You need to eat a healthy balanced diet, high in protein, full of fruit and vegetables, with foods containing high levels of magnesium and zinc. Avoid very low-calorie diets, which have been linked to osteoporosis.

Consider taking a collagen supplement.

 

  • Stop Smoking – Smoking has a major negative influence on bone health. Female smokers have a 31% lifetime increased chance of a hip fracture. Stopping smoking is the best way you can improve your bone health.

 

  • Reduce Your Alcohol Consumption – Alcohol also increases the risk of poor bone health and fracture risk.

 

  • Make Changes At Home To Reduce Your Risk Of Falls – Avoid clutter, use nonslip mats under rugs and carpets, have good lighting, wear proper shoes, not slippers. Take advice on how to reduce the risk of falls.

 

Medical Treatments For Oeoporosis

Drug treatments for osteoporosis include medication such as alendronic acid, denosumab, and strontium ranelate. These can be highly effective in reducing future fractures. Find out more from GP. You may need to see a Consultant Rheumatologist before being prescribed these drugs.

 

What About HRT?

Estrogen replacement in HRT has long been known to prevent menopausal bone loss and reduce the risk of fracture. However, it needs to be started within the ‘window of opportunity’ – the time period soon after menopausal symptoms begin – for 5-10 years. Starting HRT over age 60, if you have never taken it before, can pose small risks. Older women with poor bone health are often prescribed alternative osteoporosis treatments.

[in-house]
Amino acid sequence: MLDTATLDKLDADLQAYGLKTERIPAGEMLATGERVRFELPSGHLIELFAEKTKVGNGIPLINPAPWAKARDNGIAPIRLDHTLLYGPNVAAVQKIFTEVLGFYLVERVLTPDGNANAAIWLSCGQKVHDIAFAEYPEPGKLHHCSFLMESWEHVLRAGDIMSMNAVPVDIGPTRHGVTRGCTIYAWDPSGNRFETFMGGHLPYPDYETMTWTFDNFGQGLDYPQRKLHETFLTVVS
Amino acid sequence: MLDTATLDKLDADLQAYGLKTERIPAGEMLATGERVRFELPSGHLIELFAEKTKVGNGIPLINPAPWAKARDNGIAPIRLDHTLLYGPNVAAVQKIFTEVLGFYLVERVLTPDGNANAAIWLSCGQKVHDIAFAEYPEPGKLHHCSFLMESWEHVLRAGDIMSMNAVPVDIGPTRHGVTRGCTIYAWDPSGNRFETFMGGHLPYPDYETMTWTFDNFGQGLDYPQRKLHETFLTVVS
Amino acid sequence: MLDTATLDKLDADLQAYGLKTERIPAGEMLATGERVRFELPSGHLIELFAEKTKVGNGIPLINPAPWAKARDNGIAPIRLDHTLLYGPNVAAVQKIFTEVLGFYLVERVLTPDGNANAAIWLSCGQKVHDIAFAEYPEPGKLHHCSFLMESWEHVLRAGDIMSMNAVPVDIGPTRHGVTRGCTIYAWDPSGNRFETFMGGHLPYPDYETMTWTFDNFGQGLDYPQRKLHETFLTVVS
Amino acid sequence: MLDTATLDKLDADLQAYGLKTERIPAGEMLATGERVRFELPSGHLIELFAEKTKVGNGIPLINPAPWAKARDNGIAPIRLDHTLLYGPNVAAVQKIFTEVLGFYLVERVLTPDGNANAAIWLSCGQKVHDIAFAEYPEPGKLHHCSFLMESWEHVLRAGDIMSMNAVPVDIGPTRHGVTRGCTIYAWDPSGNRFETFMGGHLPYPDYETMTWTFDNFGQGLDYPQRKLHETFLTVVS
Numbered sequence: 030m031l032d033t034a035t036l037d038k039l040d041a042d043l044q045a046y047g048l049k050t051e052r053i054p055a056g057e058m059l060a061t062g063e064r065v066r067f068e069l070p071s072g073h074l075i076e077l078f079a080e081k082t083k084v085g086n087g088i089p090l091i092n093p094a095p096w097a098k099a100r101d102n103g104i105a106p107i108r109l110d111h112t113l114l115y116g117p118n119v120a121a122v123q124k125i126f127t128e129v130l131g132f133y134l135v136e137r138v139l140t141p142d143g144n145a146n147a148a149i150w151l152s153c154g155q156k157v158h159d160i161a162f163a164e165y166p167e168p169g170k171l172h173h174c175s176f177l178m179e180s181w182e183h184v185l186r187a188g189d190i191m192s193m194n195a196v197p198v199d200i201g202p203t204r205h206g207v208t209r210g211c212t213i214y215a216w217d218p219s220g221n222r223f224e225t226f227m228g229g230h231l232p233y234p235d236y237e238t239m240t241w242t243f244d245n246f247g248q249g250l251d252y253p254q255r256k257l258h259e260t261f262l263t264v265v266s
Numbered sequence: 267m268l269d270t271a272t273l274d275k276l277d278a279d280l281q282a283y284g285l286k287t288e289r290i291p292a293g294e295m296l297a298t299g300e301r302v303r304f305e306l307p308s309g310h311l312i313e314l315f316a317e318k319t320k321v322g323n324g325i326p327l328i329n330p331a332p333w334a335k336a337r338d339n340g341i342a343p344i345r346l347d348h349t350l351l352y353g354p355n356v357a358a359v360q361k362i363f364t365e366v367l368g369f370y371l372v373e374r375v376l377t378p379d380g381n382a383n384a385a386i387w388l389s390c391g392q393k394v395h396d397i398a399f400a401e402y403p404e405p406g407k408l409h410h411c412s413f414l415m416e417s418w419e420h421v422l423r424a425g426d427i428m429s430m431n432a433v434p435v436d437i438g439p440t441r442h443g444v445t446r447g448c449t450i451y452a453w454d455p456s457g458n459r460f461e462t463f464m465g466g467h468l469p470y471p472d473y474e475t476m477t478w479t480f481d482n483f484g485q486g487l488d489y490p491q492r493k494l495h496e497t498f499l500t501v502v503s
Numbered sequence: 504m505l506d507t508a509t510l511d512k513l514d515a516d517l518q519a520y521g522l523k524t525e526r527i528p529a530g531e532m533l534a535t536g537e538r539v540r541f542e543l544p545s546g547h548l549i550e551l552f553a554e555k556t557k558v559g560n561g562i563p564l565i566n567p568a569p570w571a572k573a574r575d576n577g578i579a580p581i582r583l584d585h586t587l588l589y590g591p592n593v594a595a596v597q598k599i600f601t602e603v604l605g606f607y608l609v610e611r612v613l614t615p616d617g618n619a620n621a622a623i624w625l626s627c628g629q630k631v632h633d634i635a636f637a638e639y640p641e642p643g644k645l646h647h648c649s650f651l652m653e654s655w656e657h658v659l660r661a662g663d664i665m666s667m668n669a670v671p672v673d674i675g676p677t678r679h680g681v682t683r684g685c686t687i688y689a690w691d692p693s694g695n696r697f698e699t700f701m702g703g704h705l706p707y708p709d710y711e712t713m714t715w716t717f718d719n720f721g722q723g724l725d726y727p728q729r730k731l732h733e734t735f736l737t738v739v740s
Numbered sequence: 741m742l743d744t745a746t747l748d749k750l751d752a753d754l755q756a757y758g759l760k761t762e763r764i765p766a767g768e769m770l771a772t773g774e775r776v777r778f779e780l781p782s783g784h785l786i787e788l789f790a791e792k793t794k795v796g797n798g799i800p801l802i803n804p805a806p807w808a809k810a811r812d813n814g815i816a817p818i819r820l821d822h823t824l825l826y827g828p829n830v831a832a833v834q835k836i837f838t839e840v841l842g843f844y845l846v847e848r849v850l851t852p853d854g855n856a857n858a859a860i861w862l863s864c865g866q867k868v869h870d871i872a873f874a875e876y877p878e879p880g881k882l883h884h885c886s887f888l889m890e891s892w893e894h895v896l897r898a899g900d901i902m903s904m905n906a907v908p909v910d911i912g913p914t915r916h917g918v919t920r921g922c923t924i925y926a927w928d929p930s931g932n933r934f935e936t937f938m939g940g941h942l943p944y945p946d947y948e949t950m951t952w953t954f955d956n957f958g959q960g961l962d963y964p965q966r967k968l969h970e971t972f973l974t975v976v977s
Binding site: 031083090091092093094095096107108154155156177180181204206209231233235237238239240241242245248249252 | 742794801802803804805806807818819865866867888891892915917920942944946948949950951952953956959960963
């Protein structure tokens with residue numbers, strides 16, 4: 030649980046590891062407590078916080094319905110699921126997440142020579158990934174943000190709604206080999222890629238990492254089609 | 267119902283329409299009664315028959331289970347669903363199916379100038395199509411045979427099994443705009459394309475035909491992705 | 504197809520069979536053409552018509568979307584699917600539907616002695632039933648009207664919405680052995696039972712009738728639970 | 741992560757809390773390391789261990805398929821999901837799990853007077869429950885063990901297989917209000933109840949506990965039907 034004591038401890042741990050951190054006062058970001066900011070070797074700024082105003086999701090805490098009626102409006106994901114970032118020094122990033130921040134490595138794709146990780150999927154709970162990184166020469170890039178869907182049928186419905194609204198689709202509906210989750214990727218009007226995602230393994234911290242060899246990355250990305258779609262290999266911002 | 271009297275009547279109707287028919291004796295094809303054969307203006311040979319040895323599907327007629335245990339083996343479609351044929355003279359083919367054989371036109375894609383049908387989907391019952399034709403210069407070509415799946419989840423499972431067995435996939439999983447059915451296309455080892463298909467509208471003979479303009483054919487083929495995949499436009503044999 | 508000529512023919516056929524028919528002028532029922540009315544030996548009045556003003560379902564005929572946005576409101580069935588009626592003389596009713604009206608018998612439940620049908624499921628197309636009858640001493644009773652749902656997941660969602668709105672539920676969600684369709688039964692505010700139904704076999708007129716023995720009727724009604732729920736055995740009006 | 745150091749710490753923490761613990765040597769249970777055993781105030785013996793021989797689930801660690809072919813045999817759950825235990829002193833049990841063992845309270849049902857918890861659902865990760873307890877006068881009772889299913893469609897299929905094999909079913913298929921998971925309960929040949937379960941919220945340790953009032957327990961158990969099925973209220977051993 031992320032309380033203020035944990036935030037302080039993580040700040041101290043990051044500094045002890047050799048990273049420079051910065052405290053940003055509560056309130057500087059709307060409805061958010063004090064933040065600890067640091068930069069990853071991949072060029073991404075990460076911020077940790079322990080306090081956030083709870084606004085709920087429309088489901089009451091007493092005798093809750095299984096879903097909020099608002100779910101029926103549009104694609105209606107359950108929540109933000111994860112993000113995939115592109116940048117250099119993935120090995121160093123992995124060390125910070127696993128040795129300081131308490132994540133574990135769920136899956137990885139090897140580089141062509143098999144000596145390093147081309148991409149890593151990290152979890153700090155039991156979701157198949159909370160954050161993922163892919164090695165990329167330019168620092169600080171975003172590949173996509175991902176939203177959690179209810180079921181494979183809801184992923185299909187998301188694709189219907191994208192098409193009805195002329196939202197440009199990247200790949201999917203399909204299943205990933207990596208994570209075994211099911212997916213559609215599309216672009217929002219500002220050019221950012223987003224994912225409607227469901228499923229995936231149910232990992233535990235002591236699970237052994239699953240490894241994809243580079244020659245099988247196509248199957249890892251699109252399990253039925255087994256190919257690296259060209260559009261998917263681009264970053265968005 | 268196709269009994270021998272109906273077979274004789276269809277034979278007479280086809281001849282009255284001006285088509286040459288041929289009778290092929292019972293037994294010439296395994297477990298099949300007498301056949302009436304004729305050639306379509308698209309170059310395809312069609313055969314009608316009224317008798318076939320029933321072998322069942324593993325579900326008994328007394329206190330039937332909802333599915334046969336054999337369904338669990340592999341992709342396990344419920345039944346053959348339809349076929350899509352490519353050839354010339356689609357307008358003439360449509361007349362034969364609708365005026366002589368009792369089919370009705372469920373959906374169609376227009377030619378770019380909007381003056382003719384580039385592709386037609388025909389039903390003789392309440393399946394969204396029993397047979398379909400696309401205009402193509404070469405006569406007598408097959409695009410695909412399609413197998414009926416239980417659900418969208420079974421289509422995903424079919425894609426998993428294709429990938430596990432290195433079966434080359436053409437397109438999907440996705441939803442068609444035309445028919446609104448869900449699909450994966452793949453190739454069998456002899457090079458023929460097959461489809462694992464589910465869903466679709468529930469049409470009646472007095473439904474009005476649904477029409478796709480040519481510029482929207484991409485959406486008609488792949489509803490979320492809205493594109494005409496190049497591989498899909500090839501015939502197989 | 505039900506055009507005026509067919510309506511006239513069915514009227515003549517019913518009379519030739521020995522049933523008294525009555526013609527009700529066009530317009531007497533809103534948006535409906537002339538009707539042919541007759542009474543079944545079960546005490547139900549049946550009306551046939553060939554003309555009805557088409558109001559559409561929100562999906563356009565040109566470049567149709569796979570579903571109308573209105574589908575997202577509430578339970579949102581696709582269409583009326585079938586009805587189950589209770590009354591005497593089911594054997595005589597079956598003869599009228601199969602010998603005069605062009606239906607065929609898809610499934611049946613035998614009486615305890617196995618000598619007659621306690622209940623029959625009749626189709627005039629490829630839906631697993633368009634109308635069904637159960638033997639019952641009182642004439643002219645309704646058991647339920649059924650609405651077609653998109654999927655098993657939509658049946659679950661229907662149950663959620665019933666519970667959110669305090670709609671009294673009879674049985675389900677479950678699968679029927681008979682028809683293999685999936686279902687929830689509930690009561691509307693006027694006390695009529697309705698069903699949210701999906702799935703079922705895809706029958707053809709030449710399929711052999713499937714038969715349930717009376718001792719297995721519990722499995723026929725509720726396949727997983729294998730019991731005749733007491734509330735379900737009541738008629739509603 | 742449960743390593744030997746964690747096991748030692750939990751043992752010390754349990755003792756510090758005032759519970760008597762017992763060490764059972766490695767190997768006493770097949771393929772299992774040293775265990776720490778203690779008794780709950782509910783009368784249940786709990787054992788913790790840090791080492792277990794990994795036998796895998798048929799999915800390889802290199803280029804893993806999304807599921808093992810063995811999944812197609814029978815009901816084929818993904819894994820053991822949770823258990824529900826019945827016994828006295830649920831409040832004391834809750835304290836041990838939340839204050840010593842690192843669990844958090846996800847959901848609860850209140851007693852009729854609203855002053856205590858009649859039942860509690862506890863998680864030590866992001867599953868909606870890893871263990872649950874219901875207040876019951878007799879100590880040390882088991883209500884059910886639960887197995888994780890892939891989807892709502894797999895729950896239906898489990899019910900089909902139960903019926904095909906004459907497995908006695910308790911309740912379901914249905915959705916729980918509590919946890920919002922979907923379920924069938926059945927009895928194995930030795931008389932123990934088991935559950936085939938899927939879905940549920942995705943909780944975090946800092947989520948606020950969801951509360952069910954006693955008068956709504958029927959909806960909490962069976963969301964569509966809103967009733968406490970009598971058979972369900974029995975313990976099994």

Final Thoughts

There is no quick fix to boost your skeleton! However, if you understand what is happening to your bones, there are plenty of ways you can take action to keep your bones as well as they can be and reduce your chance of fracture.

 

About The Author

Dr Deborah Lee has worked for many years in the NHS, mostly as Lead Clinician within an integrated Community Sexual Health Service. She now works as a health and medical writer, with an emphasis on women’s health. Dr Lee is a medical content writer for Dr Fox (Dr Fox Online Pharmacy).

Dr Lee writes for many media outlets including The Sun, The Daily Express, Bella magazine, Red magazine, Cosmopolitan, Net Doctor, and many more. She remains passionate about all aspects of medicine – including obesity, weight loss, diet, and nutrition.

After qualifying from University of Southampton Medical School in 1986, Dr Lee trained as a GP and after a number of years specialised in Sexual & Reproductive Health (S&RH).

Sexual And Reproductive Health Specialist, Medical And Healthcare Writer, BM, MFFP, MRCGP, DRCOG, Dip GUM, Dip Colp, LOC Med Ed GMC no. 3129913.

 

For More Information

NHSOsteoporosis

Open Access GovernmentCalcium supplements for postmenopausal women

Effect Of Estrogen On Bone

https://www.ncbi.nlm.nih.gov/pmc/articles/PMC5643776/

denosumab

https://www.ncbi.nlm.nih.gov/pmc/articles/PMC4426099/#:~:text=Denosumab%20causes%20an%20increase%20in,and%20up%20to%208%20years.